Lucian A. Bebchuk
Harvard Law School; National Bureau of Economic Research (NBER); Centre for Economic Policy Research (CEPR) and European Corporate Governance Institute (ECGI)
Robert J. Jackson Jr.
Columbia Law School
NBER Working Paper No. w11907
Because public firms are not required to disclose the monetary value of pension plans in their executive pay disclosures, financial economists have generally analyzed executive pay using figures that do not include the value of such pension plans. This paper presents evidence that omitting the value of pension benefits significantly undermines the accuracy of existing estimates of executive pay, its variability, and its sensitivity to performance companies. Studying the pension arrangements of CEOs of S&P 500, we find that the CEOs' plans had a median actuarial value of $15 million; that the ratio of the executives' pension value to the executives' total compensation (including both equity and non-equity pay) during their service as CEO had a median value of 34%; and that including pension values increased the median percentage of the executives' total compensation composed of salary-like payments during and after their service as CEO from 15% to 39%.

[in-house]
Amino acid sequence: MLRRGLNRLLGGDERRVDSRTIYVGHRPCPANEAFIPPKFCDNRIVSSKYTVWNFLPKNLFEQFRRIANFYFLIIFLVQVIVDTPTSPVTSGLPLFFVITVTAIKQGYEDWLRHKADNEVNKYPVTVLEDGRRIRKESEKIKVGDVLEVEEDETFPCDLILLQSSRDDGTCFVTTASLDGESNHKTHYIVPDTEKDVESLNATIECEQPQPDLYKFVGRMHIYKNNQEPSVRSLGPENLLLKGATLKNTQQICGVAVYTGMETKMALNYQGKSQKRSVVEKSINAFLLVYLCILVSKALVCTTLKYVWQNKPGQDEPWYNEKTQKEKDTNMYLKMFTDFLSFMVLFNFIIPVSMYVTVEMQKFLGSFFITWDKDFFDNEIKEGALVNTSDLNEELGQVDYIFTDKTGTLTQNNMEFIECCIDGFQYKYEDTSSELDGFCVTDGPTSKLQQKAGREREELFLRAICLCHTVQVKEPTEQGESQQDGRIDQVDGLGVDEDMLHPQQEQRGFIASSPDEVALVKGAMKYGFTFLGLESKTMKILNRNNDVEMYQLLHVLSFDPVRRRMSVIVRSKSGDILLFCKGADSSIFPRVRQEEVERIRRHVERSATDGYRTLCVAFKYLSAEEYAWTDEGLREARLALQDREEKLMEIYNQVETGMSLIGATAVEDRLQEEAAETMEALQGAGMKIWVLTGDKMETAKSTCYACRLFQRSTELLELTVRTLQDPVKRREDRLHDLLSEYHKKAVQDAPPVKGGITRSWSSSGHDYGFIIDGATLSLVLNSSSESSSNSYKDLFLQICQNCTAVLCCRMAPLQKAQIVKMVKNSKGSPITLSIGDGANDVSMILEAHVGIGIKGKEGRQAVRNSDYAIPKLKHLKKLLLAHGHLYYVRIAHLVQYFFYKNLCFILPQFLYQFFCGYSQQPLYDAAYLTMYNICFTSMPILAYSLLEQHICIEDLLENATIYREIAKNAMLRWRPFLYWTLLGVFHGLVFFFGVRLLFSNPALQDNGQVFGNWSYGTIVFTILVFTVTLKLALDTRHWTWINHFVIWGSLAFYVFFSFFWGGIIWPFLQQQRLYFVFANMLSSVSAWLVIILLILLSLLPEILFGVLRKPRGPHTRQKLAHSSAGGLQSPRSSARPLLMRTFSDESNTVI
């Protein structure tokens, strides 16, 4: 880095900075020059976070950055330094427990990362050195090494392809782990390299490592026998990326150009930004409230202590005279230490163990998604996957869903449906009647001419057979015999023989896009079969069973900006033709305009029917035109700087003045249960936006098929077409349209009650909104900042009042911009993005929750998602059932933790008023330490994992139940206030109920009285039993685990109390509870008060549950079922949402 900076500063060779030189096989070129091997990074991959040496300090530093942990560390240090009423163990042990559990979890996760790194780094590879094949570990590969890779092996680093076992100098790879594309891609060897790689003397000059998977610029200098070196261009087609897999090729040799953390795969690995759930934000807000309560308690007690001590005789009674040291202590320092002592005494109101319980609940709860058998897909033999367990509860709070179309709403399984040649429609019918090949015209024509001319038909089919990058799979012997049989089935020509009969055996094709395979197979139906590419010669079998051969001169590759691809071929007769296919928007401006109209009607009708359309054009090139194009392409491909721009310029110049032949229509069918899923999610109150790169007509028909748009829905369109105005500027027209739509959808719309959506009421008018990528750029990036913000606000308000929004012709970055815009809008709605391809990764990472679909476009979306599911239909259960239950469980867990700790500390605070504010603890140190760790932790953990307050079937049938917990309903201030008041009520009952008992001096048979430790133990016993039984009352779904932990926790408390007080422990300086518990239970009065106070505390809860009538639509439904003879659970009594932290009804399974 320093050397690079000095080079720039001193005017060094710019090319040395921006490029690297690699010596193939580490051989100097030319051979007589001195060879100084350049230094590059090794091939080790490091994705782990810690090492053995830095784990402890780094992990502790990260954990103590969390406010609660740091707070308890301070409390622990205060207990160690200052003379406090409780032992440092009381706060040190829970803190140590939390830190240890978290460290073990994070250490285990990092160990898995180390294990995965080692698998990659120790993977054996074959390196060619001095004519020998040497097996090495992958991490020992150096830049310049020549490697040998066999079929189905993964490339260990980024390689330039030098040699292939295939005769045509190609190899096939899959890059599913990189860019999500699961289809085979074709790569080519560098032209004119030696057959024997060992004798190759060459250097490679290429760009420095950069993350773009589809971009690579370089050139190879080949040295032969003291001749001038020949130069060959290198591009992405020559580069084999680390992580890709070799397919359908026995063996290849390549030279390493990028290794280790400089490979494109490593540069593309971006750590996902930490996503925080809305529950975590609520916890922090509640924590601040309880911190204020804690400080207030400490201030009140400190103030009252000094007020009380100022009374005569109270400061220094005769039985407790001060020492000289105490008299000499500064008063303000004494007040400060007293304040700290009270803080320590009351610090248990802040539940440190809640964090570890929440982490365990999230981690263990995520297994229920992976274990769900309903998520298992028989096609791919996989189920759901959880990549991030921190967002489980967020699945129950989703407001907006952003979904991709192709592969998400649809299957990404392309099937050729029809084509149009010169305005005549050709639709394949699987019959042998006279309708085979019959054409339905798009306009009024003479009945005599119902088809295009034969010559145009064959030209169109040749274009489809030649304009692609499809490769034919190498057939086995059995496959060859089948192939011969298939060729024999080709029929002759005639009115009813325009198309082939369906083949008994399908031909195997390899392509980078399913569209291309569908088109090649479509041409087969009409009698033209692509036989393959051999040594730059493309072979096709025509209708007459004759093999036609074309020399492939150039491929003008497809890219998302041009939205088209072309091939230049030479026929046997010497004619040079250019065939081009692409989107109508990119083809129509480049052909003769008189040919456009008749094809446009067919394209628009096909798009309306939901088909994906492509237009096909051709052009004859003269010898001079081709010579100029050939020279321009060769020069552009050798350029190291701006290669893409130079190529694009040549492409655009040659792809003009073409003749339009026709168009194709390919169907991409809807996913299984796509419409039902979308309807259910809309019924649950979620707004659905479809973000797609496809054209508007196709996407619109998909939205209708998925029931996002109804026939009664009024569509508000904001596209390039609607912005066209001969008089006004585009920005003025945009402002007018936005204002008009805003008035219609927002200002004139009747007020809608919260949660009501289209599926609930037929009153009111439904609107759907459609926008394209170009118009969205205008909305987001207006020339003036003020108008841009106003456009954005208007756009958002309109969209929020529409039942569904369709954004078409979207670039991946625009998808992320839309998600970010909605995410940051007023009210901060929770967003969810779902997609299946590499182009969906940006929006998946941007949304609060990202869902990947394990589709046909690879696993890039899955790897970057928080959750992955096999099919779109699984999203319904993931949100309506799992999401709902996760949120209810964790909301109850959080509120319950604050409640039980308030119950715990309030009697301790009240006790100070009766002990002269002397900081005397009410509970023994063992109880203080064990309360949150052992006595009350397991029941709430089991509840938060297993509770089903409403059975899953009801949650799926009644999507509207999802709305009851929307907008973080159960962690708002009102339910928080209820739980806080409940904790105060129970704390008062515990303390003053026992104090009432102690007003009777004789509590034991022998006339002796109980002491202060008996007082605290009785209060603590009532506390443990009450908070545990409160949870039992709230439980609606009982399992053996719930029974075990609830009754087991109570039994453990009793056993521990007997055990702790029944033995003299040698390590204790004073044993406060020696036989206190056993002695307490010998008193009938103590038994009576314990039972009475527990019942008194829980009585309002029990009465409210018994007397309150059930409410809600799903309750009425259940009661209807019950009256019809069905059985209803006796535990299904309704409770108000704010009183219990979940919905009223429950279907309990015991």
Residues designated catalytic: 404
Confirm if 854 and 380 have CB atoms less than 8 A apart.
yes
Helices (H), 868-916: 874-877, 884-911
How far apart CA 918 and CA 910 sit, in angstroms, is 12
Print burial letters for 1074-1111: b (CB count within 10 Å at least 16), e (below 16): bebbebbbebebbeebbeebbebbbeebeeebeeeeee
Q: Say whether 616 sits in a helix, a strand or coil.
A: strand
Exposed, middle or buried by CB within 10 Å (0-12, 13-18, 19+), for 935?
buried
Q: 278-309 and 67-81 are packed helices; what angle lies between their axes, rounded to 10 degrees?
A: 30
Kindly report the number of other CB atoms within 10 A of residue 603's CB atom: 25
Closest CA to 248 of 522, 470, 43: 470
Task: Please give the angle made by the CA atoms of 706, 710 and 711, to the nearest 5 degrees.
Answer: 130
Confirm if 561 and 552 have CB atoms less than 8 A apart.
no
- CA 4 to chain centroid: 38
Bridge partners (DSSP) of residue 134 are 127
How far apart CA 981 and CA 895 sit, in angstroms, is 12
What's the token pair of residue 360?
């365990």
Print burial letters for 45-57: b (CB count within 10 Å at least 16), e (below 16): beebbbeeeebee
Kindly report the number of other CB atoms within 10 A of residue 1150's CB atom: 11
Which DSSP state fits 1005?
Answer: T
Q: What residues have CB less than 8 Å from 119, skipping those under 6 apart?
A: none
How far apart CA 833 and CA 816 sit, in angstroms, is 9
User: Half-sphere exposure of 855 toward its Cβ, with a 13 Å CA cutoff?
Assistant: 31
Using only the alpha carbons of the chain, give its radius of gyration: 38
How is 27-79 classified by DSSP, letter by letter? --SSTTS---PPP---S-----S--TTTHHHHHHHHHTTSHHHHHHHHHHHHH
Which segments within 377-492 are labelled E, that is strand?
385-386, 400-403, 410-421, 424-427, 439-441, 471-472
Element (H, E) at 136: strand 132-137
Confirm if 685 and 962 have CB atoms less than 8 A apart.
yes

Number of Pages in PDF File: 47
Date posted: January 22, 2006